Schools in the diocese see need for emergency funding

CHARLESTON—Bishop England High School sent out a mass appeal March 31 on behalf of its students and their families who have already been financially impacted by COVID-19.

In it, Patrick Finneran, principal, bluntly stated the need for emergency funding as families grapple with lost jobs or fewer hours and are no longer able to pay tuition.

He said he has received phone calls from a number of distressed parents who have lost their jobs, at least for the foreseeable future, as a result of the novel coronavirus.

“Their jobs are at risk. Their children are struggling to adjust to the challenges of social distancing from classmates and support systems. Plus, we’re unsure how long the pandemic will be a widespread risk to our community,” Finneran said.

And Bishop England is not alone.

“I think every school in the diocese is going to have this issue,” said Jacqualine Kasprowski, associate director for secondary education for the diocese.

She noted that most families had already made their tuition payment for March but predicted the end of April would be a bad time.

Schools are dependent on tuition income for their budgetary expenses, Finneran said, noting that at Bishop England it accounts for more than 90% of the budget.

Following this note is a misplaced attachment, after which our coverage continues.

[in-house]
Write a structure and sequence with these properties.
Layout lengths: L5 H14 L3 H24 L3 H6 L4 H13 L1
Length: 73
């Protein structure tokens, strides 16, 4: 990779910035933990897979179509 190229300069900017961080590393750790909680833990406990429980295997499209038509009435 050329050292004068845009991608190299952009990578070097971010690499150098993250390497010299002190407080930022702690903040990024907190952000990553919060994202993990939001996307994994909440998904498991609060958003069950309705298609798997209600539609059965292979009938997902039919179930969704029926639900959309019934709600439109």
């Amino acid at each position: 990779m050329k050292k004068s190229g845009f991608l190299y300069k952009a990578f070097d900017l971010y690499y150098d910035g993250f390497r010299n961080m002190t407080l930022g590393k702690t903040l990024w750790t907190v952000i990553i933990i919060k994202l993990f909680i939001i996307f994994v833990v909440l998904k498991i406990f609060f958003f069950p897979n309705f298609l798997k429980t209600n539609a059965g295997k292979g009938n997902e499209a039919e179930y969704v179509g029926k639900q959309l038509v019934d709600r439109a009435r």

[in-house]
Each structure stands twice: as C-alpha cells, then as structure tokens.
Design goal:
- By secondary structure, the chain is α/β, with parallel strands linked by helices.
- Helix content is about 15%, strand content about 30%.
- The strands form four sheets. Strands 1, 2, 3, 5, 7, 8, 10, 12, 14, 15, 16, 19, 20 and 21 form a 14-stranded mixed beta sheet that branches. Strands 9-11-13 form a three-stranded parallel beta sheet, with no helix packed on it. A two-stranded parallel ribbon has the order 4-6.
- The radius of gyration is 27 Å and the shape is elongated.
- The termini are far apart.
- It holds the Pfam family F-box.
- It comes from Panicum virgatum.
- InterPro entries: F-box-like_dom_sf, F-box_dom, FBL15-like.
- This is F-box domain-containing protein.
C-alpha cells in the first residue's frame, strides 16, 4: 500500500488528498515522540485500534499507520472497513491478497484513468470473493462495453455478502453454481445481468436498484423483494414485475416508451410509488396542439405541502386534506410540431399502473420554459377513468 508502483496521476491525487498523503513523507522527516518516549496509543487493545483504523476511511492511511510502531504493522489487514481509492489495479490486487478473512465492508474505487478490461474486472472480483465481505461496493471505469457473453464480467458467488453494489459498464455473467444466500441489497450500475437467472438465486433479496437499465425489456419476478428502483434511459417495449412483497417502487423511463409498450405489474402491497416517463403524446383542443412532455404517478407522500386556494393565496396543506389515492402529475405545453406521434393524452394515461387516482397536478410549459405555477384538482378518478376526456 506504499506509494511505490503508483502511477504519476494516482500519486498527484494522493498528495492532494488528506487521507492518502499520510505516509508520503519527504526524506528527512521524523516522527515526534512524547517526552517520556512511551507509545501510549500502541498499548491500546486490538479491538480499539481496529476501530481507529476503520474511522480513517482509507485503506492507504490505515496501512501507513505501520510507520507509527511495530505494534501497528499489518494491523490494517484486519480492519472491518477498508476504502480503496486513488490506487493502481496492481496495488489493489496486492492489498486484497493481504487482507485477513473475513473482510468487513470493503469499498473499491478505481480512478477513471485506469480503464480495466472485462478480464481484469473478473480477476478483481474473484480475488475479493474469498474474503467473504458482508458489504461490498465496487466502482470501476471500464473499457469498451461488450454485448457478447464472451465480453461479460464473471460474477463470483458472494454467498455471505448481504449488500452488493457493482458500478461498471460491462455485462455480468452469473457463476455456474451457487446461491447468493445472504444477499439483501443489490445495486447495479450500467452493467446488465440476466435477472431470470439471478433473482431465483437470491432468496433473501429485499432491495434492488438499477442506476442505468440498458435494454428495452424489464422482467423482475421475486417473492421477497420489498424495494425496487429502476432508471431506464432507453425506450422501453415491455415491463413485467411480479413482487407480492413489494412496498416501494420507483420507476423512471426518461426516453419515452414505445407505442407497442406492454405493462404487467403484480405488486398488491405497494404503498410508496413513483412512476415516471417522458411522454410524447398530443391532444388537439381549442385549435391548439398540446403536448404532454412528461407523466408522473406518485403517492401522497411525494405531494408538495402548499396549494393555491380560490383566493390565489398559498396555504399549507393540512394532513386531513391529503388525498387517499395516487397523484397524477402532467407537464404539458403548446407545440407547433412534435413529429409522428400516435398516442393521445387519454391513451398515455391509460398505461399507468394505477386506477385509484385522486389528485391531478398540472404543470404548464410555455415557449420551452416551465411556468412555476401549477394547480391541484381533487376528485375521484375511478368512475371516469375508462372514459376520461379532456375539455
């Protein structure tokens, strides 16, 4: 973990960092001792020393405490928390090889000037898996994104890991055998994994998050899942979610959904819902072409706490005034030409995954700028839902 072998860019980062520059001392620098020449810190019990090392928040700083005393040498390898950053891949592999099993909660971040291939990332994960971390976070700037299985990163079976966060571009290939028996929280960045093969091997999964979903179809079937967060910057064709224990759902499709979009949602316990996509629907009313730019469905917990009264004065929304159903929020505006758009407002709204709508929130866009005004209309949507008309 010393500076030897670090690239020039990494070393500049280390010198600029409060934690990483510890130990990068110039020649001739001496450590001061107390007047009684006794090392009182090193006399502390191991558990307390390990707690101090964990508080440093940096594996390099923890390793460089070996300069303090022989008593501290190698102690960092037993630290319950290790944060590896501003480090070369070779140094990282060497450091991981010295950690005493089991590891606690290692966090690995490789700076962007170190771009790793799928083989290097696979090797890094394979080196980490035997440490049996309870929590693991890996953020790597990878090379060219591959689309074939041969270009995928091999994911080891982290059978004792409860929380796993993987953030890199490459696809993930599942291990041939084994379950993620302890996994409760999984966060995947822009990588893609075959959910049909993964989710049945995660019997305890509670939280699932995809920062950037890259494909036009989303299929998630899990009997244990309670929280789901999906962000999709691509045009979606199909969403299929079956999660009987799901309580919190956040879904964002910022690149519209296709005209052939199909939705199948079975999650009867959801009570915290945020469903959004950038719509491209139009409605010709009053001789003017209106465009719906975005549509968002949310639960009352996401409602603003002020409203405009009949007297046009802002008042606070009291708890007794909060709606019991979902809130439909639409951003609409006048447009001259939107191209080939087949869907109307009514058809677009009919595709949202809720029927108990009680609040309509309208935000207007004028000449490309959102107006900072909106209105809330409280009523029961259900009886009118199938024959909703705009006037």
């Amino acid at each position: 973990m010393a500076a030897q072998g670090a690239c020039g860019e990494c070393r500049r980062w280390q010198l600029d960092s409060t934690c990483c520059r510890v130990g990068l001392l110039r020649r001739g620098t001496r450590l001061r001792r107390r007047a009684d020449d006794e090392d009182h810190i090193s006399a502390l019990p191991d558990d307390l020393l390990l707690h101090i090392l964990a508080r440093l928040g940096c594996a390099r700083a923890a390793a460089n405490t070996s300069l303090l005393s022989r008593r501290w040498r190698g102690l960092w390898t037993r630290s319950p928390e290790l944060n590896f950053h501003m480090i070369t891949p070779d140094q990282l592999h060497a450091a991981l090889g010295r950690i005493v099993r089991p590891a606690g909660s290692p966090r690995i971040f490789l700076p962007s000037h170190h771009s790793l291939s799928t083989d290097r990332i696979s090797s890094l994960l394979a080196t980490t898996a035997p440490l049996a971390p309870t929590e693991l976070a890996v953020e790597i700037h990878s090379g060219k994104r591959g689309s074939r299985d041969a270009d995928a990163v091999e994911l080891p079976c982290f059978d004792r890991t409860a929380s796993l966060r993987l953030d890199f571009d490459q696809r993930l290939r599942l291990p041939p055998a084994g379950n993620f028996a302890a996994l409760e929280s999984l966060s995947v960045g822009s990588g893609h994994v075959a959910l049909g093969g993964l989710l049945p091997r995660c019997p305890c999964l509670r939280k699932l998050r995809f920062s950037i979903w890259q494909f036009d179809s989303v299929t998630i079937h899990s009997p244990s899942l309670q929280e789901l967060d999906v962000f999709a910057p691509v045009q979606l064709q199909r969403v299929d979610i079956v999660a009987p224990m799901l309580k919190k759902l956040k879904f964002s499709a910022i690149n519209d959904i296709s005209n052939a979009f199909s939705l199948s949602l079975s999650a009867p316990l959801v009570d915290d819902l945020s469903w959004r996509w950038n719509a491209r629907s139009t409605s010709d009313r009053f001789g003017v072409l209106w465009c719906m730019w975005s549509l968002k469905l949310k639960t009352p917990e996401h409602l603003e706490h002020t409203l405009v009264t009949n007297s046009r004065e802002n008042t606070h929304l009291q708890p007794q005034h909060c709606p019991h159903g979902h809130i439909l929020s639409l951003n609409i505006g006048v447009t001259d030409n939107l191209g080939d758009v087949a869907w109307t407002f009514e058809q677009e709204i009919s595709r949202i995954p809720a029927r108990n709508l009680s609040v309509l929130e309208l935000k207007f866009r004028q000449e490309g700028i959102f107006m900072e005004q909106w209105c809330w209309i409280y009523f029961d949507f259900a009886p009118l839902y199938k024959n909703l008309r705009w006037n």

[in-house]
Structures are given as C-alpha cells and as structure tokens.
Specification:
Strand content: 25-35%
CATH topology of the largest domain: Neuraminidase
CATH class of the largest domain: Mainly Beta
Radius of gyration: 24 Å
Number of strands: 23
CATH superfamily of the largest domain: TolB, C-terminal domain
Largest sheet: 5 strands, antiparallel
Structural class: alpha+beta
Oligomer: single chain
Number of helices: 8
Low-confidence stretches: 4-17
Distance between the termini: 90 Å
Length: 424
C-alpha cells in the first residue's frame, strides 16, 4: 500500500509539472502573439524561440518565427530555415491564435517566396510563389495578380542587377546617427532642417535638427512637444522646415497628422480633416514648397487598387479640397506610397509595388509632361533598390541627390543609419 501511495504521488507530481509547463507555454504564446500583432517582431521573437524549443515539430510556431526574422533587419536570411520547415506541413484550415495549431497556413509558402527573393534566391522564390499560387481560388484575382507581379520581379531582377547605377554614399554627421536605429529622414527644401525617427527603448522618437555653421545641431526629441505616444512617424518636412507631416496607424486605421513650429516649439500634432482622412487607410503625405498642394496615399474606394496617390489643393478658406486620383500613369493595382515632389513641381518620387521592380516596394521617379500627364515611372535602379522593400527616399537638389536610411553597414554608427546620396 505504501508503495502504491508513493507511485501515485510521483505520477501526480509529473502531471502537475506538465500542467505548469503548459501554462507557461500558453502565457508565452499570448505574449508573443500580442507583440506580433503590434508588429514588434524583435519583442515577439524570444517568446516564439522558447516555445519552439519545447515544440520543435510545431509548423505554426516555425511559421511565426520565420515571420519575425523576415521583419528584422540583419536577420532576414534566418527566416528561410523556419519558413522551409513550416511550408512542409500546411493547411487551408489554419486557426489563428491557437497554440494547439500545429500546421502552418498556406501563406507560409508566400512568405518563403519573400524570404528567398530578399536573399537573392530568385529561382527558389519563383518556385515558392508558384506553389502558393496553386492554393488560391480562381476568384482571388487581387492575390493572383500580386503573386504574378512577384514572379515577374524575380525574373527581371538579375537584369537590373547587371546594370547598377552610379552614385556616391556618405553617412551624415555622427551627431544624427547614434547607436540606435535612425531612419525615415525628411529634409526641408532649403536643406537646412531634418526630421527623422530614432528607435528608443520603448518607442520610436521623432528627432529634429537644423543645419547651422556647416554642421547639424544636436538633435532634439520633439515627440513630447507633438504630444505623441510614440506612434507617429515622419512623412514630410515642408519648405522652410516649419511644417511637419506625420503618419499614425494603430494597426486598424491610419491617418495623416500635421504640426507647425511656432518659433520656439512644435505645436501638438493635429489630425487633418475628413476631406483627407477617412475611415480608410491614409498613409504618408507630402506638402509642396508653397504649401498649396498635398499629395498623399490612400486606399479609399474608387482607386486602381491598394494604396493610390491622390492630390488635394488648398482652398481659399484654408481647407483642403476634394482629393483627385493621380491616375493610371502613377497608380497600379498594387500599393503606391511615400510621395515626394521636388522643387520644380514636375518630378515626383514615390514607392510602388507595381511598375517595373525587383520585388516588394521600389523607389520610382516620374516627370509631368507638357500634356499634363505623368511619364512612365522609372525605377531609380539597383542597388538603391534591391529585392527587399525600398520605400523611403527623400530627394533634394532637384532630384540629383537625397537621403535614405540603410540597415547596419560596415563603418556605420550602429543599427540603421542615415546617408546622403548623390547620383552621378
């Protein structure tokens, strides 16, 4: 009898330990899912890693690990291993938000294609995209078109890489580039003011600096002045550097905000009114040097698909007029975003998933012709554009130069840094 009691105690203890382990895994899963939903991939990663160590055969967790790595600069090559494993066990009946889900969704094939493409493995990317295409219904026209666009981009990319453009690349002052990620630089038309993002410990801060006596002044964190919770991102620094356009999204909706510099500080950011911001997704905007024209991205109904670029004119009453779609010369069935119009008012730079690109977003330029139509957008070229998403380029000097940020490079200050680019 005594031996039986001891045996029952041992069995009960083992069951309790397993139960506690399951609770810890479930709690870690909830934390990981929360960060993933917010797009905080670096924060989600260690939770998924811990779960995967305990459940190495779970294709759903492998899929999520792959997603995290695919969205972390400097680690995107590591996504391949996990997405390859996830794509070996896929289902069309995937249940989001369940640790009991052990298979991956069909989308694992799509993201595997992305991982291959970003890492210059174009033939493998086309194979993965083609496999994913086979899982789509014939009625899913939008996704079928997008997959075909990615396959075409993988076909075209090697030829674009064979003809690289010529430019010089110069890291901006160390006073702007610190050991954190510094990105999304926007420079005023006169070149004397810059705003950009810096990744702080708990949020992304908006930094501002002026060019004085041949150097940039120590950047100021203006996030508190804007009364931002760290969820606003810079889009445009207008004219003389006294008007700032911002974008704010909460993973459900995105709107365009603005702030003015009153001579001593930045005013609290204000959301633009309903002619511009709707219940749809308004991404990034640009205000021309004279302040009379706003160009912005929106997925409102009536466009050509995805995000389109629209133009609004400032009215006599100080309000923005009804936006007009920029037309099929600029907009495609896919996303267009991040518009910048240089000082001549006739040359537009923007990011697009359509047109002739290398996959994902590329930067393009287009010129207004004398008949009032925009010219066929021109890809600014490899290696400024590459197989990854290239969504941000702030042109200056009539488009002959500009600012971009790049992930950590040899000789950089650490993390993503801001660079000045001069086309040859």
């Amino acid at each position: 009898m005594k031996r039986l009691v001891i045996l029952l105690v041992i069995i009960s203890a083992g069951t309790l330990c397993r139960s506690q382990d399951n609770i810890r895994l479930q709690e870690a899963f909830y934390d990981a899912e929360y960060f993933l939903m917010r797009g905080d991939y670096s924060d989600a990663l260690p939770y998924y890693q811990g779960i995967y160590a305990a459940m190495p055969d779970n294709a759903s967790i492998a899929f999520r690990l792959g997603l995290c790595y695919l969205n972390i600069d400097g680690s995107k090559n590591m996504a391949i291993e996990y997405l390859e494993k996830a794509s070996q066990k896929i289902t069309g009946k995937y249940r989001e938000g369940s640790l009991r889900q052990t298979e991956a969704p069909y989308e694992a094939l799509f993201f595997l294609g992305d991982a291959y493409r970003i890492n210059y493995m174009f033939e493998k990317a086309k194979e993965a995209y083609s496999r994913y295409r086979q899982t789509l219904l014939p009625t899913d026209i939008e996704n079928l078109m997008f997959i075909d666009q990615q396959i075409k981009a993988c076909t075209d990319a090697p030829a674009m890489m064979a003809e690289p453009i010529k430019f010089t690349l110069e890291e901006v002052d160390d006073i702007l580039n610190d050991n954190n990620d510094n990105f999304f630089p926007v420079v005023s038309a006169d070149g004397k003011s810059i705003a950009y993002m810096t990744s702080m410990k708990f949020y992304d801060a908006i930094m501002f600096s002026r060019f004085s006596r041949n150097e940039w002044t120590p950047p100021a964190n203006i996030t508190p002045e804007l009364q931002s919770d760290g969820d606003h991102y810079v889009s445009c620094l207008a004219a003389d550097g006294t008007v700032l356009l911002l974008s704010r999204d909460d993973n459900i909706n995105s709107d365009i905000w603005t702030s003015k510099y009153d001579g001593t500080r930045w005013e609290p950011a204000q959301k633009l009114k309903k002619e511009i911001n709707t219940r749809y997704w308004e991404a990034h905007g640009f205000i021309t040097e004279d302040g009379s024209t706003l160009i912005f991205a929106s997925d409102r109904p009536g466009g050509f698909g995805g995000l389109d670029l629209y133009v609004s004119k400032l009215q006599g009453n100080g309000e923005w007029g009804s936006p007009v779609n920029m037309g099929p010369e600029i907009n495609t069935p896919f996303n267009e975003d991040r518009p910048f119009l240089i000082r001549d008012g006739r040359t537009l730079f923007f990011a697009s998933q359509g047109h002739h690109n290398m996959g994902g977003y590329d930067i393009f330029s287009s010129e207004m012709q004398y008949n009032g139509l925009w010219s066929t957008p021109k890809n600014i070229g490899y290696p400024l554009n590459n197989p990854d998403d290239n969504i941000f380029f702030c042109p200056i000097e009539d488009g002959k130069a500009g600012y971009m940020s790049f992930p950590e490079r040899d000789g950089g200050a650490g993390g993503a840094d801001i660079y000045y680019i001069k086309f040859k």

“Tuition helps cover everything from teachers’ salaries and benefits to computer leases that enable our teachers to create the virtual learning environment,” he said.

It also supports student clubs and organizations, athletics, custodial staff and utilities.

In addition to lost tuition, schools are also facing the loss of spring fundraisers that they rely on for a financial boost, said Sandra Leatherwood, superintendent of Catholic Schools.

Despite the current difficulties, Leatherwood said Catholic schools share a unique family bond and praised the fact that some people are still donating even though fundraisers have been cancelled, trying to help keep the schools going.

And the schools will continue to do their part, she said, providing academic instruction, faith formation, and reaching out to help struggling families.

Finneran said the need for funding is urgent for Catholic schools, but said even if families can’t pay the tuition right now, the students will continue to attend.

“We’re not going to let the kids go,” Leatherwood said. “It’s not the kids’ fault, it’s not the parents’ fault. We’re Catholic. We’re going to do the best we can to help these families.”

Call your schools for more information on how to help.

See the letter from Bishop England High School here.